Many clients want to give their children full access to their inheritance but then control where the money goes after the children die. Most people will use a trust as the estate planning tool to accomplish this objective. However, it can be tricky to get it right.
If the child has too much access to the money, you lose the protection of a trust. For instance, a court may rule that a creditor or divorcing spouses can reach the money just as the child could. If the child can take the money out for himself, he can certainly take the money and give it to his ex-spouse or creditor. On the other hand, if the trustee controls distributions, the child may be prevented from fully using the money whenever and however he wants to.
Here are six issues to consider as you navigate the balance of power in setting up your child’s trust.
· Determine if you really need a trust. If you give the child his inheritance outright, he can do what he wants with it. The money is then susceptible to his creditors as well as to a divorcing spouse. The child can also spend it, give it away, or leave it to anyone he wants when he dies. This may not align with your plans – especially if you have grandchildren you want to provide for.
· Name an independent trustee. This cannot be your child. Your child can be a co-trustee, but you will need to name another trustee to serve with her. This could be a bank, trust company, lawyer, or accountant. You can also name a friend or family member as a co-trustee, but if the child can exercise too much influence over the friend or family member then that may defeat the purpose of your trust. For instance, a court may determine that the family member did whatever the child asked and will therefore allow the trust assets to be reached in a lawsuit. If you are highly concerned with creditor protection, an independent trustee such a bank or trust company is the best option.
· Give your child “veto” power. You can give your child the ability to remove and replace the independent trustee. This allows the child a bit of control in the event that the relationship with the independent trustee breaks down. You can also put it safeguards such as the independent trustee can only be removed and replaced every five years, or the independent trustee needs to be replaced with a similarly sized bank or trust company. You can also give someone else the ability to remove and replace the trustee like a trust protector or a trusted advisor.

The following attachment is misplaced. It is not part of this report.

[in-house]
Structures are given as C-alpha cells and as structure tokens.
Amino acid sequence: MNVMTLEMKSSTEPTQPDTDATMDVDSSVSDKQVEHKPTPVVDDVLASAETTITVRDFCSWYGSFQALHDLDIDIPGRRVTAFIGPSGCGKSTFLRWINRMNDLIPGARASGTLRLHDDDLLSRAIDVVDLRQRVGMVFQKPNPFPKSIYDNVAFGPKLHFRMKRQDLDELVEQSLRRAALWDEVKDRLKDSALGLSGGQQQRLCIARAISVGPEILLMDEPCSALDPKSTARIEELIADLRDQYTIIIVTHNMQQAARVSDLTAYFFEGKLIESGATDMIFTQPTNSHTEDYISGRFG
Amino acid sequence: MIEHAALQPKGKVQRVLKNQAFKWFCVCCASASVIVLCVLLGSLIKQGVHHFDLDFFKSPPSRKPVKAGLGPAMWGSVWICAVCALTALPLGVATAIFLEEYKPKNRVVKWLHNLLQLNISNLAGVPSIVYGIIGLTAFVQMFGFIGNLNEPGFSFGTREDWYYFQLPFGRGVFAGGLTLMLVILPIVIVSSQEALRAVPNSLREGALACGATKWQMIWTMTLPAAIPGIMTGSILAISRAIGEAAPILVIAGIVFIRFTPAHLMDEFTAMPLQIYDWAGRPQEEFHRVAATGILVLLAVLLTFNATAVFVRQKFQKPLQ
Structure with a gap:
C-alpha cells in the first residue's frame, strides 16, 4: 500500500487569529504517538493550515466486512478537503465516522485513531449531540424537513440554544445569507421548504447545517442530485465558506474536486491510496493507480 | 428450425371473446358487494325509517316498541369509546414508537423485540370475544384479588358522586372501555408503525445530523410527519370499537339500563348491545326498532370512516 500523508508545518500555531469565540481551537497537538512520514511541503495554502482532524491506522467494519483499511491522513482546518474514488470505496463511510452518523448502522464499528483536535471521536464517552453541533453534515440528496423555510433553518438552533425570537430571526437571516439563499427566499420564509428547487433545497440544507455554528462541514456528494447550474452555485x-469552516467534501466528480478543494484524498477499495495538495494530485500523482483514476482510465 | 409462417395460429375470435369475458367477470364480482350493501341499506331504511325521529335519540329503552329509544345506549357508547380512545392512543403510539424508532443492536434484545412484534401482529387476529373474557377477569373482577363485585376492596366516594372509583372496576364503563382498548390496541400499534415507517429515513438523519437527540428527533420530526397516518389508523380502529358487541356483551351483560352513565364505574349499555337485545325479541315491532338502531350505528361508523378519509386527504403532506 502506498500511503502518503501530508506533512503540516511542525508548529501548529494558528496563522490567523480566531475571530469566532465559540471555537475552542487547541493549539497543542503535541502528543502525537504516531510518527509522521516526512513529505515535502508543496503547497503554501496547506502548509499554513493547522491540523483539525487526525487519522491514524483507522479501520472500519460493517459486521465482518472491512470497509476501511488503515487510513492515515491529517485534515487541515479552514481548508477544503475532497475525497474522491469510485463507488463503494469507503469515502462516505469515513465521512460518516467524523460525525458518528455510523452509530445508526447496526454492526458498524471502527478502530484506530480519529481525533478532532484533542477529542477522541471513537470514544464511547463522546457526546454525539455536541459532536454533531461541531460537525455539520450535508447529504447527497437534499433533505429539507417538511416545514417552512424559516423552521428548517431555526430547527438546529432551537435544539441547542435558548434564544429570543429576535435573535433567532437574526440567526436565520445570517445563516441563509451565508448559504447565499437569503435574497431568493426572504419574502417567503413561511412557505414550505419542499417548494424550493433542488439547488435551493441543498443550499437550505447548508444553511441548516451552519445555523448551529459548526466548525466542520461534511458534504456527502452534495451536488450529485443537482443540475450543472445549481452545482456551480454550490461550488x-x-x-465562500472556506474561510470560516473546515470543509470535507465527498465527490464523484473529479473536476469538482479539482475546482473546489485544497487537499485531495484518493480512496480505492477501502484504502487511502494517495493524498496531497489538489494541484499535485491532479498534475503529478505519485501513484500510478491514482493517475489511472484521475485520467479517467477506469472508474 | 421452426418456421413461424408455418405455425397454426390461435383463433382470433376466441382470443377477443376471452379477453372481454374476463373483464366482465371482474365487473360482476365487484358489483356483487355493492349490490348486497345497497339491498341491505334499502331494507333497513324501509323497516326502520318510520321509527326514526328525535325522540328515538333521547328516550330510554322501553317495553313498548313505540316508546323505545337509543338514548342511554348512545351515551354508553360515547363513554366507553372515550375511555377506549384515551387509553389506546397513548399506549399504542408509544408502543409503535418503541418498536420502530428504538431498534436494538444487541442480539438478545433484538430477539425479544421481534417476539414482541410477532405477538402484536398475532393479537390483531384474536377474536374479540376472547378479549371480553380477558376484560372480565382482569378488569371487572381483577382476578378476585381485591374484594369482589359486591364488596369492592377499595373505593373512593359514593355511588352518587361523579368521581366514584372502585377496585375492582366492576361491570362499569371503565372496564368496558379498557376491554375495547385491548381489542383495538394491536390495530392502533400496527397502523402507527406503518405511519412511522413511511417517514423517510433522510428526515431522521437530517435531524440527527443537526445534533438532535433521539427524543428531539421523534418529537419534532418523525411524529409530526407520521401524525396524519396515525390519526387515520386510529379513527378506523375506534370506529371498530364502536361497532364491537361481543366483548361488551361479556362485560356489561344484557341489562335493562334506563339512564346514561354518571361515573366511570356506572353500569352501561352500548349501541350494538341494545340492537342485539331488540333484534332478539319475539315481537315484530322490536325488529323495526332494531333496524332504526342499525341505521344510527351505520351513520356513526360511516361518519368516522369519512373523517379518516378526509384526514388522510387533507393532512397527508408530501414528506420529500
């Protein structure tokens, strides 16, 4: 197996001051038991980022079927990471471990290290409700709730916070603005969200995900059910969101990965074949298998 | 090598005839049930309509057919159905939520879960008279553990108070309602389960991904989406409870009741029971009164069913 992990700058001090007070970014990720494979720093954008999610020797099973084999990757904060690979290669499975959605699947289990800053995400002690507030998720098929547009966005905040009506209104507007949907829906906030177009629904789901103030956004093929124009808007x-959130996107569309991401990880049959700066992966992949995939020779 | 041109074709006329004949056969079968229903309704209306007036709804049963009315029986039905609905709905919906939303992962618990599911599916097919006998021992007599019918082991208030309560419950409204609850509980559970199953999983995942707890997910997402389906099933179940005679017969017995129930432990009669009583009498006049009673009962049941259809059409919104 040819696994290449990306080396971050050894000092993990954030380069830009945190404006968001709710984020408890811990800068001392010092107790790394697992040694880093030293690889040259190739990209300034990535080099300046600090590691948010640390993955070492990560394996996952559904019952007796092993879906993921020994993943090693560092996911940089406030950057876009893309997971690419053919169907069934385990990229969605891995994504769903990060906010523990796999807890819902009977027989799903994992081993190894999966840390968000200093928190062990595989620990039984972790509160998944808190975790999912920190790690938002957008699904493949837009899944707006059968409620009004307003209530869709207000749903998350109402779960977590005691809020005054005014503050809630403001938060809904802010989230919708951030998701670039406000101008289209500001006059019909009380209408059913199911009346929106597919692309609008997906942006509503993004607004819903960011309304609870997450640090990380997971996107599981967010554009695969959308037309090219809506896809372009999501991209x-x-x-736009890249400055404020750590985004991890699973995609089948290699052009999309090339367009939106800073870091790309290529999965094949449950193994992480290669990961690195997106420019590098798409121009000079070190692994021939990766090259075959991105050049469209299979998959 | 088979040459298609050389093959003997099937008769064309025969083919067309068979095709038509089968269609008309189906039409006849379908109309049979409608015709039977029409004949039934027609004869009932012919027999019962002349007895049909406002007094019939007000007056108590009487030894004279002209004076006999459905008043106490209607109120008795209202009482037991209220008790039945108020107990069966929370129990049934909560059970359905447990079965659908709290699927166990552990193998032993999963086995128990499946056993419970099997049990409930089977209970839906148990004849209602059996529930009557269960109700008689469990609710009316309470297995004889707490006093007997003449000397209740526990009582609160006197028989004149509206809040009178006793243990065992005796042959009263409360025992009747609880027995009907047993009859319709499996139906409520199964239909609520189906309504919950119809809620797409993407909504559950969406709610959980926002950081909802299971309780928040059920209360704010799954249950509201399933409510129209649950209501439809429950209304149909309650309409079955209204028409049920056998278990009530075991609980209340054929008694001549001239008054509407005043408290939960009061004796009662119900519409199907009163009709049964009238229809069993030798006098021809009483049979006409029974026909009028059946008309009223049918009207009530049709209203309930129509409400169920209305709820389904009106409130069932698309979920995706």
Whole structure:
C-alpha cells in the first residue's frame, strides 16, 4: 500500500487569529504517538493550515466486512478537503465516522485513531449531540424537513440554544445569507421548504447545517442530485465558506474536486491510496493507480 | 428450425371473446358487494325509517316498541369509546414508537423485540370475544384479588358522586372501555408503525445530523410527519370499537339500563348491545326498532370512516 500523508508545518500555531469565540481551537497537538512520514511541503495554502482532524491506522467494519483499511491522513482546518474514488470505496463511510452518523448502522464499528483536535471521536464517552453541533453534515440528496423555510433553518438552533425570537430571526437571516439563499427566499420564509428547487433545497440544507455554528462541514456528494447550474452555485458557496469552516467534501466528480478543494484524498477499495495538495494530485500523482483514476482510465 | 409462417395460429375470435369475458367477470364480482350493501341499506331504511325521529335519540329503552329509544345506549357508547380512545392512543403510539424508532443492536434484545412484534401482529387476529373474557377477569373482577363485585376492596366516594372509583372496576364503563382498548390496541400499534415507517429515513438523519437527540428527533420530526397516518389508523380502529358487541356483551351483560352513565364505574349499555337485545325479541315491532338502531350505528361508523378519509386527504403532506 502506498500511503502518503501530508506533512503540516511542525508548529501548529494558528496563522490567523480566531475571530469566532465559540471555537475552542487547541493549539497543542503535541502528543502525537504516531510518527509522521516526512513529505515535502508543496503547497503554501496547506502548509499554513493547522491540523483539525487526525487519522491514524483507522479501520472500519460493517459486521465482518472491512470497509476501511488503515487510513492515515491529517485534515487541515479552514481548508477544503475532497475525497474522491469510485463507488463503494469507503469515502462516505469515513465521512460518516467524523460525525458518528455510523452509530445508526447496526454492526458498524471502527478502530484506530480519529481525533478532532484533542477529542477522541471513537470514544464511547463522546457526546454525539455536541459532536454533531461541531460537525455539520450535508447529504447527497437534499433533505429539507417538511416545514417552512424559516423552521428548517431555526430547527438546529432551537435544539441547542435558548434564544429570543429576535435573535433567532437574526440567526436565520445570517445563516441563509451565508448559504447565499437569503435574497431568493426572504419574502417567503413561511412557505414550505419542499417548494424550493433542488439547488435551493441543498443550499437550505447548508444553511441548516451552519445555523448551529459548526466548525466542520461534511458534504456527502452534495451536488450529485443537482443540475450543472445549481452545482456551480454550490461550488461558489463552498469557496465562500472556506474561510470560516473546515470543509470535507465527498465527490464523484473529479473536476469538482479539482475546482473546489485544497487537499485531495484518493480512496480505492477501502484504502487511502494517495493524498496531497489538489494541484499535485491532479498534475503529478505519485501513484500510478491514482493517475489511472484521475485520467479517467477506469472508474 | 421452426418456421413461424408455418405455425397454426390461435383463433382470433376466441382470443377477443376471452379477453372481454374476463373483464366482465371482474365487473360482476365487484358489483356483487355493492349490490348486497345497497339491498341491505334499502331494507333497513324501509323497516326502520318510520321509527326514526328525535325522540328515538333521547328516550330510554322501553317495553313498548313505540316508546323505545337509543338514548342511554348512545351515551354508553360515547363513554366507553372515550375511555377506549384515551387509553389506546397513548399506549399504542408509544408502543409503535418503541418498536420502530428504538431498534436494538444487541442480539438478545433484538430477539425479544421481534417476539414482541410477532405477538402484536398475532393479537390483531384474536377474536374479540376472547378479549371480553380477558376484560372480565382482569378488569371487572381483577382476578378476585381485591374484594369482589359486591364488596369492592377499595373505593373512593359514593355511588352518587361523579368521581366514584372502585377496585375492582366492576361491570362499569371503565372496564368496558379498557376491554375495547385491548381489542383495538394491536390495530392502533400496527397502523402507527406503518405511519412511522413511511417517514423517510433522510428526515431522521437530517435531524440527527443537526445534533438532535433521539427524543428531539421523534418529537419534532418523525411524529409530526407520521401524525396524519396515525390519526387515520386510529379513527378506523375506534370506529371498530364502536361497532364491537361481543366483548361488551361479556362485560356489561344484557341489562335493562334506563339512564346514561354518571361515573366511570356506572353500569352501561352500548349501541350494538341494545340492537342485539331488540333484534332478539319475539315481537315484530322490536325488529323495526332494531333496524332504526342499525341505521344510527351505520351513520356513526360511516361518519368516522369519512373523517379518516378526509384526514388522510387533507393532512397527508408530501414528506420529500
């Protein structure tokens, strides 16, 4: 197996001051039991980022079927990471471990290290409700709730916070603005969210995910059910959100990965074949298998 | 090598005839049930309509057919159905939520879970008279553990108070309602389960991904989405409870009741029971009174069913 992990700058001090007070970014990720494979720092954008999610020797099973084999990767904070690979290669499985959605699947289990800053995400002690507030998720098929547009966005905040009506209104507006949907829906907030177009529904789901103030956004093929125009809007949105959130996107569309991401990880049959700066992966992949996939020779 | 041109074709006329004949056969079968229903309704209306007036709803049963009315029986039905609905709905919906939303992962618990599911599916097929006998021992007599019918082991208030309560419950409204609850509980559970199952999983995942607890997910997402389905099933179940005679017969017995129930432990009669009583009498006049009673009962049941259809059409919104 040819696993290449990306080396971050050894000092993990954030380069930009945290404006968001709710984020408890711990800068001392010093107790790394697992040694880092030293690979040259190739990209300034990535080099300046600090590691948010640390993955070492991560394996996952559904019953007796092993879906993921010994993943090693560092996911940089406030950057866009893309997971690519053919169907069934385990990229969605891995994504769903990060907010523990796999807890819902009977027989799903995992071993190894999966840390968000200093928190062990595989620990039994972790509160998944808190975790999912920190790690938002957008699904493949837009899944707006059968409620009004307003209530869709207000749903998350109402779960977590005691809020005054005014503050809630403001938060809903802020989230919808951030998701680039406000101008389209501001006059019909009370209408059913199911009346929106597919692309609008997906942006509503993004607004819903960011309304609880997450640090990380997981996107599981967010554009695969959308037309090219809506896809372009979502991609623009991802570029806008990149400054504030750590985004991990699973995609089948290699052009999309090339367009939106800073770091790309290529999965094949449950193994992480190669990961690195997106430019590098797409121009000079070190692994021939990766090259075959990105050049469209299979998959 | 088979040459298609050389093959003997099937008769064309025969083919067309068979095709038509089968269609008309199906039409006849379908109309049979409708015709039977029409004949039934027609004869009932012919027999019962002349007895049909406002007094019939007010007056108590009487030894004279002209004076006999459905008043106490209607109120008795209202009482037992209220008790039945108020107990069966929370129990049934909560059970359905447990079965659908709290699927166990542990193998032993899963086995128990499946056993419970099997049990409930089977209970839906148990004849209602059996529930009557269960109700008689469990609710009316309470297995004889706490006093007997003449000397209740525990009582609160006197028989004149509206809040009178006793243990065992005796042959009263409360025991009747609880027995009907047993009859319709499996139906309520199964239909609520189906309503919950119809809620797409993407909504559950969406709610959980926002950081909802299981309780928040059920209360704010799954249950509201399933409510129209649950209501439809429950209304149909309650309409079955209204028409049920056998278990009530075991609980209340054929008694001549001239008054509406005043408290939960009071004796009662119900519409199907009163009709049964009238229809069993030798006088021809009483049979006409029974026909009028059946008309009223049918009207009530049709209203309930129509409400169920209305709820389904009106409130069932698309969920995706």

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· Create an income stream. This will ensure that the child receives a regular distribution of trust money while reserving principal for emergencies and future generations. Another option is to let the child withdraw a specific dollar amount every year. For instance, each year he can withdraw $250,000. However, be careful not to give him so much as to deplete the trust principal before he dies. And don’t forget that any monies the child receives from the trust are susceptible to a creditor or to a divorce (unless he has a prenuptial agreement).
· Develop a distribution “wish list.” Spell out in the trust document (or in a separate letter to the trustees) what you would like to see distributions made for. Some people will want the child to receive trust money to purchase a primary home or vacation house, to invest in a business, to buy a new car every three years, or to travel, etc.)
· Build in limited autonomy. You can give your child the ability to direct where the remaining assets go on her death. This is done by including a power of appointment in the trust. It allows you to limit who the child can give the remaining trust money to. The trust includes a list of people who he can benefit. For instance, you can allow her to leave the trust money to her spouse, children, any of your other children or grandchildren, or to charity.
Each trust is unique. You will need to work with your attorney to create a trust that meets your goals while still providing adequately for your child.